Montreal, March 28, 2000: More than 20 groups from across Canada have signed a letter to Prime Minister Jean Chr'tien asking him to instruct Canada's delegation to the UN Commission on Human Rights to co-sponsor the draft resolution on China. The UNCHR opened its six-week deliberations last week in Geneva and is expected to begin discussions of country resolutions tomorrow.
"Co-sponsorship of a mildly-worded resolution in support of human rights in China is the minimum we should expect from our Government" today said Warren Allmand, President of the International Centre for Human Rights and Democratic Development, adding that "the arrests and long sentences handed out to trade union activists in the past year represent a clear escalation of repression in China".
The China resolution is set to be introduced by the United States, in what many view as a deal between the US administration and Congress over approval of China's application to join the World Trade Organization (WTO). However, the US has been unsuccessful in its bid to obtain the important co-sponsorship of other countries. Traditional support from the European Union has not been forthcoming this year, due to France's intransigence. Other western nations hesitate to jeopardize their bilateral human rights dialogue with China, which NGOs describe as soft talk processes producing no practical result.
"We don't object to bilateral dialogue on human rights", said Charles Foran, Chair of Writers in Prison Committee of PEN/Canada. "But we do object when bilateral dialogue constrains other forms of pressure in appropriate fora, such as the UN Commission on Human Rights. PEN is very concerned with the growing number of violations perpetrated against religious groups, democracy activists, writers and journalists. Many of these have been given very long prison sentences for simply expressing their point of view," he added.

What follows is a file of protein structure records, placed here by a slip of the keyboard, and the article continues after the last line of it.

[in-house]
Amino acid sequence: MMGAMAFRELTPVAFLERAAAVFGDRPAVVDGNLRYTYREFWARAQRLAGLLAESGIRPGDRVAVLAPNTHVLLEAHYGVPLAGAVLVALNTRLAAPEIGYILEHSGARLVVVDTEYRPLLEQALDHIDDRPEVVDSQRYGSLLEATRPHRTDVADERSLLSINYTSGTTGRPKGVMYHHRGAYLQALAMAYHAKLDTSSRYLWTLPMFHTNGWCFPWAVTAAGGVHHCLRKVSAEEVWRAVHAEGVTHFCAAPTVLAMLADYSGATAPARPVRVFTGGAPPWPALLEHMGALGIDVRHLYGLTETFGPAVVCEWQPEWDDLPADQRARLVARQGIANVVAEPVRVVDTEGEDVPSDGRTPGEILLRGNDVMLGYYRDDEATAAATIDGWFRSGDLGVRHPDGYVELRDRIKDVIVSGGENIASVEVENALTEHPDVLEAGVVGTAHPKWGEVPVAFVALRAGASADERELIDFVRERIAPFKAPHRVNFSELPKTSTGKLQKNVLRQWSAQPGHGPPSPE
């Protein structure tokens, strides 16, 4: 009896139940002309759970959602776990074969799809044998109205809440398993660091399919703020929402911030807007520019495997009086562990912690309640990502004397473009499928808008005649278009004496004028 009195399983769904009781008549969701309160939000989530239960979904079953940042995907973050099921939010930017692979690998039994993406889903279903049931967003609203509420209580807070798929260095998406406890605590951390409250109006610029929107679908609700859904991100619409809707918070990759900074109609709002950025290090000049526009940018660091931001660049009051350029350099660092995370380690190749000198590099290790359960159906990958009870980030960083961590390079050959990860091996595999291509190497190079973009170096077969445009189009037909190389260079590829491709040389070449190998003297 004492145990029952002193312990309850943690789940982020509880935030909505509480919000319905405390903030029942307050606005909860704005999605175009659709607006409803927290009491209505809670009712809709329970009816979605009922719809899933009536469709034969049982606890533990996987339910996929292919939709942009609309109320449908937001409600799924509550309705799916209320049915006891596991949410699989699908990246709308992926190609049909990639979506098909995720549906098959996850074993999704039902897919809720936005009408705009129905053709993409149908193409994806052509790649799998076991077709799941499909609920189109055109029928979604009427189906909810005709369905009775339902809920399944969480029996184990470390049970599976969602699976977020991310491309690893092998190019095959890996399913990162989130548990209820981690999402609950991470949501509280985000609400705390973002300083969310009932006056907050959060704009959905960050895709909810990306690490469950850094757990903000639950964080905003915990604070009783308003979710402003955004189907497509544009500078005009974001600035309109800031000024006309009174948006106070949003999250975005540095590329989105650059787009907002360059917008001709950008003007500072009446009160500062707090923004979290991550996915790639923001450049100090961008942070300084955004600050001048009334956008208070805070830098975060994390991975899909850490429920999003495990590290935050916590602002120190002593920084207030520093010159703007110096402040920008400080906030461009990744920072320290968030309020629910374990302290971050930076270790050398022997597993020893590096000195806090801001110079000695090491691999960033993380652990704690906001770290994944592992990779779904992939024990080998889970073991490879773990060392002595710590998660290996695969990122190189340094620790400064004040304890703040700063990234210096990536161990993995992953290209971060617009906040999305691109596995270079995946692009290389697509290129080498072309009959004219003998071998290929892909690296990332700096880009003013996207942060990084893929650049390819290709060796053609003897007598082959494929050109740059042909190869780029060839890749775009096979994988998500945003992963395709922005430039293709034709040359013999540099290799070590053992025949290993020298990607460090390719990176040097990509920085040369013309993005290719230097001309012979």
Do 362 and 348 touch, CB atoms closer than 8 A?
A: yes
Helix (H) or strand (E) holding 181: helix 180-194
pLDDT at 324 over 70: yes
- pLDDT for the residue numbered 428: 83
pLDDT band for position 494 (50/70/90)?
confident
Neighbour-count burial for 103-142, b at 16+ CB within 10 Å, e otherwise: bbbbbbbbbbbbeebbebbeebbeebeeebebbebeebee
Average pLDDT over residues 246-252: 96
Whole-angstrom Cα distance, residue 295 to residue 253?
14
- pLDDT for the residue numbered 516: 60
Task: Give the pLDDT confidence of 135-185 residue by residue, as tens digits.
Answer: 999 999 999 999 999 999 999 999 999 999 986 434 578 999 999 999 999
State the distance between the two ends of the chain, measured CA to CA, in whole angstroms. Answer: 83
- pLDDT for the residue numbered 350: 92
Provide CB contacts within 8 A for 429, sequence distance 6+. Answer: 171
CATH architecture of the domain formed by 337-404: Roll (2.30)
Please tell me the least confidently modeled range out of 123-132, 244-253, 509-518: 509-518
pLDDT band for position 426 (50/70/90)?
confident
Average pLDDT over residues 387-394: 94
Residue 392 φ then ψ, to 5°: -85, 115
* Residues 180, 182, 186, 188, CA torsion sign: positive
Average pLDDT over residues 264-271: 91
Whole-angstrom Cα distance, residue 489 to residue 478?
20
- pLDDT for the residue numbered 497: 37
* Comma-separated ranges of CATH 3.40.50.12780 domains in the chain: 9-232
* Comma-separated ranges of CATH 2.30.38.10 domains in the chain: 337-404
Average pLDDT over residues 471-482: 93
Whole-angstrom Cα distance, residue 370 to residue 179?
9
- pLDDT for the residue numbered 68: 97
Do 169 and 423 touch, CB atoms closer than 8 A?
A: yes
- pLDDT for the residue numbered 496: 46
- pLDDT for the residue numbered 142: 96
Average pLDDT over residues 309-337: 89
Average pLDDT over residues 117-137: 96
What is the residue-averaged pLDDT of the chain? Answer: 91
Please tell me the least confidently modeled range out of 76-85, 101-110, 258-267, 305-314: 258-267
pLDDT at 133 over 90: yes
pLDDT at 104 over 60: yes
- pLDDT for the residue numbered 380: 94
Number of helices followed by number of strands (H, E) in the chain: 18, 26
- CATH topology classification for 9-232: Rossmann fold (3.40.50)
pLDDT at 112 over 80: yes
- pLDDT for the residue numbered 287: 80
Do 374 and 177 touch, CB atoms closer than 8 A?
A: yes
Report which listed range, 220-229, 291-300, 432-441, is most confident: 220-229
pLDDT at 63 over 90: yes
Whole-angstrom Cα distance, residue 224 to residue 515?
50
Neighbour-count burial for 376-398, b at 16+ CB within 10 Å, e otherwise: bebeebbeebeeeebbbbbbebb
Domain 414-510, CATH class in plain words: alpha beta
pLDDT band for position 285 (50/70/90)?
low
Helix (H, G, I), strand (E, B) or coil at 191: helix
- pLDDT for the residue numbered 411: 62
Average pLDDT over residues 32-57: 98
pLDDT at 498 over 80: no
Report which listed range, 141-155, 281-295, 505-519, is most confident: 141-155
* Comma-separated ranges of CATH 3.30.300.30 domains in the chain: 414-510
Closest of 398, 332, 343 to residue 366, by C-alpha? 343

Canadian representatives of so-called "minority" groups in China have also endorsed the call for co-sponsorship of the UNCHR resolution. They describe systematic abuse of their cultural and other rights in the highly militarized areas of Tibet, East Turkestan and Inner Mongolia, including the ongoing detention of the 10-year old Tibetan boy, Gendhun Choekyi Nyima.
"The Chinese have learned that they can violate human rights with impunity as long as they open their markets to export-dependent countries such as Canada," said Thubten Samdup, President of the Canada Tibet Committee. "I believe that the people of Canada want another international image for this country and I hope they let the Prime Minister know how they feel".
US officials sent Foreign Affairs Minister Lloyd Axworthy's office a copy of the draft resolution on February 9, but Canada has yet to make its position known.
Text of the letter sent to Prime Minister Jean Chr'tien and list of the 24 signatories can be found at www.ichrdd.ca
For more information:
Isobel Harry, PEN Canada, (416) 703-8448, #22
Cheuk Kwan, Toronto Association for Democracy in China, (416) 804-1527
Patricia Poirier, ICHRDD (514) 283-6073
Thubten Samdup, Canada Tibet Committee, (514) 867-6770
John Tackaberry, Amnesty International Canada, (613) 744-7667, #236
Michael To, Democracy China Ottawa, (613) 727-0941